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posted on December 30, 2009 16:06


Idaho 2009 H1N1 Weekly Update: December 30
Influenza activity has significantly decreased in the past few weeks, but public health officials are cautioning Idahoans not to become complacent.
“Flu is unpredictable, so it’s important that we don’t let our guard down,” says Dr. Christine Hahn, M.D., Idaho State Epidemiologist. “In many years, flu season peaks in January and February, and we could see another wave of illness. The best way to protect yourself and your family from becoming ill with the H1N1 virus or seasonal flu is to be vaccinated for both.”
Idaho Governor C.L. “Butch” Otter was one of 15 state governors who are spreading the message about the importance of receiving the H1N1 vaccine. Otter recently recorded a Public Service Announcement with the animated character Sid the Science Kid. The spot can be viewed at
A national poll shows only 22 percent of adults targeted to receive the H1N1 flu vaccine have received it so far. With vaccine widely available, public health officials say now is the time for people with chronic health conditions to get vaccinated.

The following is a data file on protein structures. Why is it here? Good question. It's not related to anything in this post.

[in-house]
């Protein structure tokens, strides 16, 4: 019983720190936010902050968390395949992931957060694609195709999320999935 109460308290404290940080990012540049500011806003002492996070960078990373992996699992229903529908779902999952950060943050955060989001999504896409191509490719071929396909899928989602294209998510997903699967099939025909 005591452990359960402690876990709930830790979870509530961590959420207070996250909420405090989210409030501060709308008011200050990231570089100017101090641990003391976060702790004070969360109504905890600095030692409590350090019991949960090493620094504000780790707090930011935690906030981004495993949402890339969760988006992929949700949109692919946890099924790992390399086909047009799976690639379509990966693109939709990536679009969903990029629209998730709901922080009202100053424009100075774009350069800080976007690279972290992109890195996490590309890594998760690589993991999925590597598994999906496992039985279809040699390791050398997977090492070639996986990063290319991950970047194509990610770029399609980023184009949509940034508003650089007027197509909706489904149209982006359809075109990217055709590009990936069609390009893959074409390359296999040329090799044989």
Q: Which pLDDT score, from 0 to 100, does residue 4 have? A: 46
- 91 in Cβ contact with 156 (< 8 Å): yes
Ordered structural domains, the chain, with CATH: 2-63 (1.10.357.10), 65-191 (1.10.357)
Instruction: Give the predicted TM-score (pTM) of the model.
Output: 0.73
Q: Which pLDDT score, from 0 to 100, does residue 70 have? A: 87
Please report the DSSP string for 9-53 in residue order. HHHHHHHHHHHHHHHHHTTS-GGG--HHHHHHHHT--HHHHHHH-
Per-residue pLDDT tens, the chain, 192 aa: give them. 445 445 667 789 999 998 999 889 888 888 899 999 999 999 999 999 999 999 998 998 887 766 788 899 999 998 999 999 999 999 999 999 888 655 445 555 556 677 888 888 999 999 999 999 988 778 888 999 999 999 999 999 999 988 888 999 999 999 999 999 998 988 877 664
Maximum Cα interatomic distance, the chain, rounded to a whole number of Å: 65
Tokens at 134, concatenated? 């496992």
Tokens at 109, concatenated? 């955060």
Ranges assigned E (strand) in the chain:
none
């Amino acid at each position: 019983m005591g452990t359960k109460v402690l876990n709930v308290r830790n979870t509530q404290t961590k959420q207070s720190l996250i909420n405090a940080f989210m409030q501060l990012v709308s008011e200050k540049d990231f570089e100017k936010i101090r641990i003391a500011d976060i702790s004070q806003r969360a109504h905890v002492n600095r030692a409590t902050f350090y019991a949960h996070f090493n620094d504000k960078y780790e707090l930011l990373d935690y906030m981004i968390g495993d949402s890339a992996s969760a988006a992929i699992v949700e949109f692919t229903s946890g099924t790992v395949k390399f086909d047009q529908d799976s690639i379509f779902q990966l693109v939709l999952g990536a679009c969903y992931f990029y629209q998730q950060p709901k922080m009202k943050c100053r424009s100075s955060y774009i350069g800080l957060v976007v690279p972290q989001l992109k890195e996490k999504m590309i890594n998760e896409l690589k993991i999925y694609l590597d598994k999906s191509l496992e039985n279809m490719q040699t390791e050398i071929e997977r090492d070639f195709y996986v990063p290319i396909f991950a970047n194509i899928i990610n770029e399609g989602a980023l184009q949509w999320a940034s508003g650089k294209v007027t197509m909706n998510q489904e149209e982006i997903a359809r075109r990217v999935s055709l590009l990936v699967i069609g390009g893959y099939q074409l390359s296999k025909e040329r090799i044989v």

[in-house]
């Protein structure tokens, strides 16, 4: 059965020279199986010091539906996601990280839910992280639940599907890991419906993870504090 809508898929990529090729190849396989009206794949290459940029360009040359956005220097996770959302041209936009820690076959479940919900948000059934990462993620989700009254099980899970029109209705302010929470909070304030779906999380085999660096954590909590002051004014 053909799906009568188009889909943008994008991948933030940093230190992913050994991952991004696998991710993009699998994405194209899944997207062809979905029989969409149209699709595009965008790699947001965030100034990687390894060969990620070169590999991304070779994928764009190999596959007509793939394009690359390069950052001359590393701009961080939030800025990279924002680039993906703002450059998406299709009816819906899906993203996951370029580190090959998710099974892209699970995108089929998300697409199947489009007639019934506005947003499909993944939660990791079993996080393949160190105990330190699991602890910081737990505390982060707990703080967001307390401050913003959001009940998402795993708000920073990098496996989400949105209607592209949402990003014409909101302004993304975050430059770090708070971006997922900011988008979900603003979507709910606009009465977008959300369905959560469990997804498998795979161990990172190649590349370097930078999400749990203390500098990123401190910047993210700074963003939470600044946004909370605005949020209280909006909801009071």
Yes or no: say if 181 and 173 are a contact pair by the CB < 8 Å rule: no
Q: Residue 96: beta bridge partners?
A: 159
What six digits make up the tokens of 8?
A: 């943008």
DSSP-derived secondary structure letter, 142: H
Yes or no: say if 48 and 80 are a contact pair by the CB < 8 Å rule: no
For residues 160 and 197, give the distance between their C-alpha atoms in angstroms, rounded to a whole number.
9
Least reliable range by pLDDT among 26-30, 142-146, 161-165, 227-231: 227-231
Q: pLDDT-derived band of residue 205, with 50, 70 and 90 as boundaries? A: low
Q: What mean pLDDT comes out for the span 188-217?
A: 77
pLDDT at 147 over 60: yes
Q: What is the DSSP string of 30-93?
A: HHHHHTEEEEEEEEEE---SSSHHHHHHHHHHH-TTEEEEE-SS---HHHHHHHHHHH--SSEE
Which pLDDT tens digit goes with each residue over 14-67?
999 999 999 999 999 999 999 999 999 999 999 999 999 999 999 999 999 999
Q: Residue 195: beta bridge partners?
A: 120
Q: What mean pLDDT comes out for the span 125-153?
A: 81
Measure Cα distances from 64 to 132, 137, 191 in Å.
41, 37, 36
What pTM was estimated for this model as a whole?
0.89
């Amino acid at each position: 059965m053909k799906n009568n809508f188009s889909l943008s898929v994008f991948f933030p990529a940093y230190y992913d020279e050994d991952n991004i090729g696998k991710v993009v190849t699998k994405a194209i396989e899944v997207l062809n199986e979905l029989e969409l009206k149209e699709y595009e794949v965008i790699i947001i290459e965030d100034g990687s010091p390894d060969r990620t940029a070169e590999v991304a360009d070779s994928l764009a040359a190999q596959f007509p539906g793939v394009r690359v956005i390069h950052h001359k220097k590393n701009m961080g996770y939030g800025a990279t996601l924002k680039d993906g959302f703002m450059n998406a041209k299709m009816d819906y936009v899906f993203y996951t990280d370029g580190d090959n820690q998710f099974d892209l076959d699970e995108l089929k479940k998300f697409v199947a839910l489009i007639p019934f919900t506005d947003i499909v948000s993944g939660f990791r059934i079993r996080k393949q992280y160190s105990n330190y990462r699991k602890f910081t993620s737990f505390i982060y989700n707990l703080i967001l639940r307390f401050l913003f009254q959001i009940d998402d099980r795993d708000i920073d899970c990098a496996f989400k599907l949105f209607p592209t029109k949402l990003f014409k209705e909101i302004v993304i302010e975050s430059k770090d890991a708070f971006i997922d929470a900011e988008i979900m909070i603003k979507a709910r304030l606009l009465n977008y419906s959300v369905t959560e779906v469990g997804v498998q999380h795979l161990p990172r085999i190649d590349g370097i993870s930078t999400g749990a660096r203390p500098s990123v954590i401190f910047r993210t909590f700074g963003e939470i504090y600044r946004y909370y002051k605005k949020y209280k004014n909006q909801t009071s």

National data shows that asthma and other chronic lung diseases are the primary underlying conditions among people hospitalized with severe H1N1 infections. Many people might not realize that having asthma puts them at greater risk. It’s important for all adults with chronic health conditions to protect themselves by getting vaccinated as soon as possible.
Second dose for children: Parents are reminded that children six months through 9 years of age need two doses of vaccine about a month apart to be protected against illness. Infants less than 6 months of age cannot receive the vaccine. Help protect infants you are around by getting vaccinated now.
H1N1 Vaccine: H1N1 vaccine is available in many local pharmacies and by appointment in some local public health districts. Check your local public health district for information about upcoming vaccine availability. Health district web sites can be accessed at As of December 30, Idaho has been allocated a total of 552,400 doses* of 2009 H1N1 vaccine. (*Vaccine allocation numbers can change daily; allotments by the CDC are made on a day-to-day basis.)
Confirmed cases and hospitalizations: Since Sept. 1, there have 824 laboratory-confirmed H1N1 cases reported in Idaho. A total of 380 influenza-related hospitalizations have been reported since Sept. 1.
Deaths: H1N1 infections have contributed to the reported deaths of 20 Idahoans. Reports of additional deaths are under investigation. For more information on H1N1, please visit